Touraj Riazi had the privilege of interviewing Col. Jaak Tarien, Director of NATO’s Cooperative Cyber Defence Centre of Excellence (CCDCOE). The interview concentrates on the functions of the CCDCOE and how they enhance the Alliance’s cybersecurity. Canada is currently in the process of joining the CCDCOE.
Q: Describe the activities of the CCDCOE and how they support NATO members.
A widespread misconception about the Centre is that we are an Operational Centre guarding NATO networks. The CCDCOE is not designed to conduct real-time operations. None of the 25 Centres of Excellence (COE) in NATO are part of the NATO command structure and we are not recipients of NATO´s common funding. The COE are voluntary organizations established by nations and accredited by NATO in order to provide subject matter experts and strengthen their capabilities in that field. NATO COE´s can only be established by a NATO member nation, although upon approval by the Steering Committee, Partner nations may also become members.
The activities of the CCDCOE can therefore be said to resemble that of a think-tank. That is the best way to describe ourselves. As a NATO accredited organization, our activities cover research, training and exercises. Each year, our member nations and NATO command structures request us to conduct research on specific subjects. We conduct the research once our Steering Committee approves a request.
Our training portfolio comprises 17 courses per year (the number varies per year) on cyber matters ranging from very technical level courses to highly strategic level courses like the Executive Cyber Seminar. Other courses include Critical Infrastructure Protection, International Law and Cyber Operations Planning. These courses are mostly taught biannually—in the spring and fall. Attendance is free to all CCDCOE member nations, but availabilities are limited.
The training portfolio offers significant benefits to members. Undertaking one week of similar courses (assuming they are even available) in the commercial sector could cost over 5000 euros. These courses are free for the Centre’s member nations. The CCDCOE’s concern is providing quality services to its members because it is they who finance the Centre via its personnel, contributions and budget. When space is available, individuals from NATO staff and structure have participated in the Centre’s courses too.
The CCDCOE is also involved in multiple annual exercises. Locked Shields and Crossed Swords are the two exercises we conduct on our own. Information about each exercise is available on the Centre’s website and other mediums like Youtube.
Locked Shields has grown to become the largest technical live fire cyber defence exercise in the world. There were over 1500 participants in 2019. 23 teams from all member nations participate as the defensive teams by logging on to the game network from their own stations. Those teams are normally national CERTs (Computer Emergency Response Teams) or military CERTs, which represent the highest qualified cyber defenders the nation has. These conditions ensure the Centre fields realistic exercises.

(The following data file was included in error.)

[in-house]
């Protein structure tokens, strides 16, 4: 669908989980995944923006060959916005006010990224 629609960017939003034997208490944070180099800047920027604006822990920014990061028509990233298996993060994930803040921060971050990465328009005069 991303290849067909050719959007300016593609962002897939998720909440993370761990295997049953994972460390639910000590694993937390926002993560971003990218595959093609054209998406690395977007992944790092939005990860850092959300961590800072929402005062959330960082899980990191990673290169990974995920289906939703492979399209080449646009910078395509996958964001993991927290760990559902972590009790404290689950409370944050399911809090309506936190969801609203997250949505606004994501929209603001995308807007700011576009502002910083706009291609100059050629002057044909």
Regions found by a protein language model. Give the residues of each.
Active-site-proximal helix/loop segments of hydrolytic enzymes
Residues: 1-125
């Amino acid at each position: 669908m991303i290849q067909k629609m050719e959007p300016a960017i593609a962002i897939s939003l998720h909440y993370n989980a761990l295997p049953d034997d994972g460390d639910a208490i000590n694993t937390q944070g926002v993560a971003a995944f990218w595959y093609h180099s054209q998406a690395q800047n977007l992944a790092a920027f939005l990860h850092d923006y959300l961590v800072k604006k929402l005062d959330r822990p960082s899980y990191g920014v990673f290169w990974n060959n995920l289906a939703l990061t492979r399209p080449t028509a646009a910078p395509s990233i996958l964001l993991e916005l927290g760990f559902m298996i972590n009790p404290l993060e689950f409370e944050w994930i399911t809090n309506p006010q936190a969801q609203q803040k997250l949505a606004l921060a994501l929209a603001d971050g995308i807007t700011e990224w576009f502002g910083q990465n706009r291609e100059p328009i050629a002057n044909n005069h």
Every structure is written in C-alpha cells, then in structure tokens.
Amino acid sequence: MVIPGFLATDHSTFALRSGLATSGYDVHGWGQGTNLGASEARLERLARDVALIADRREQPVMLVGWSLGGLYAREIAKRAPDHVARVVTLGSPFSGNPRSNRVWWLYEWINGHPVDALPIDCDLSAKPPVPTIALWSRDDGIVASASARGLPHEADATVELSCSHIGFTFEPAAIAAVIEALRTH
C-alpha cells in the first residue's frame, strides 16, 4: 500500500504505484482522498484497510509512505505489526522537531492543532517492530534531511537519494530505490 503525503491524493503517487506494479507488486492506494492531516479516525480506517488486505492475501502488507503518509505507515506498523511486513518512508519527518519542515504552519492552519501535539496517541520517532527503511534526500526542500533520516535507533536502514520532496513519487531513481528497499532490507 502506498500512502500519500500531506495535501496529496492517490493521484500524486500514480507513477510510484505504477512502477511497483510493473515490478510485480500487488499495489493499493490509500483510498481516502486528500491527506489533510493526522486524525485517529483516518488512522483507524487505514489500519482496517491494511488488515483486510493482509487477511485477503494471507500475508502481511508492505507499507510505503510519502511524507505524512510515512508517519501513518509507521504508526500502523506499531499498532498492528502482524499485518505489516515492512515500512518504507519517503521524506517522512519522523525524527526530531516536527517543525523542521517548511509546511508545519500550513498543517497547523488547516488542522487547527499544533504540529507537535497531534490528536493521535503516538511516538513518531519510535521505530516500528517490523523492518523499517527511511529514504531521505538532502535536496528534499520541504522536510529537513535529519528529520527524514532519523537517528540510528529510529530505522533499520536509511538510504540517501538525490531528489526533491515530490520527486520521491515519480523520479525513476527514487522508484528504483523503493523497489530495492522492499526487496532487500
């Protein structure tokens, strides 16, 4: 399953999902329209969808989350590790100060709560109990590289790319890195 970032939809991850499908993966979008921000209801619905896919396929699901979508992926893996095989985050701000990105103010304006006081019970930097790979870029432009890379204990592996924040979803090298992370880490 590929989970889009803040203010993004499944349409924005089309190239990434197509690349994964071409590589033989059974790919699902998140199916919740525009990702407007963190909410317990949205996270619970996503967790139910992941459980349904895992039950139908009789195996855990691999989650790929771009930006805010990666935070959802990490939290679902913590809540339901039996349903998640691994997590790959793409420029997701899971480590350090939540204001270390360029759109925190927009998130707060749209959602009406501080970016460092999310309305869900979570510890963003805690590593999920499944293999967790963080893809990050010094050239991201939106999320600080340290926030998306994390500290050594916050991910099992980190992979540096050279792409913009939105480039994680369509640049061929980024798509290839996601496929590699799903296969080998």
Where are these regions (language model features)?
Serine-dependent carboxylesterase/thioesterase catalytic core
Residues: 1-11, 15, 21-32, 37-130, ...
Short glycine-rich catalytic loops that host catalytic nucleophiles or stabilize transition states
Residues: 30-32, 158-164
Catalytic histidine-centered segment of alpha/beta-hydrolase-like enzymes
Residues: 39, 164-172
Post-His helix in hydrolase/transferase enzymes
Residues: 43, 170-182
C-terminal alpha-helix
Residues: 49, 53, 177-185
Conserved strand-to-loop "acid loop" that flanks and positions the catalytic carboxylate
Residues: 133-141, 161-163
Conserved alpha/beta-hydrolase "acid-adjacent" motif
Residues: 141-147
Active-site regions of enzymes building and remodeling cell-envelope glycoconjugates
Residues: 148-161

Fielding these large exercises at the cyber range provided by the Estonian Defence Forces for NATO and the CCDCOE brings together a congregation of Estonian and other nearby nations, alongside cyber volunteers and cyber community members. The Centre’s industrial partners are also critical components of our exercises. Partners like Siemens incorporate their real-world products into our cyber exercises by allowing them to be attacked and defended.
As part of the exercises, the Centre also creates a fictional nation with a realistic network. For a realistic training experience, we not only create the game-net, which is a natural part of every cyber exercise; but, with the help of, for example, Siemens, we have simulated very realistic power grids with real hardware and software provided by Siemens. This design genuinely reflects how Siemens would wire a city power grid.
Our Korean partners have also provided water purification stations, a telecom operator Elisa has set up a special 4G broadband network and Bittium, the military grade mobile phone maker, contributes their communications equipment. Because several industrial partners incorporate very real technologies into the Centre’s exercises, realism consequently becomes a defining quality of the CCDCOE’s exercise environment. Locked Shields has gained such high international recognition for this reason.
The Centre also contributes to NATO’s military cyber defence exercises by bringing cyber injects into the scenario. We support Cyber Coalition too, NATO’s largest cyber exercise which is held every year in December, here in Estonia.
Q: What conception of the future does the Centre have and would it expand its range of engagements?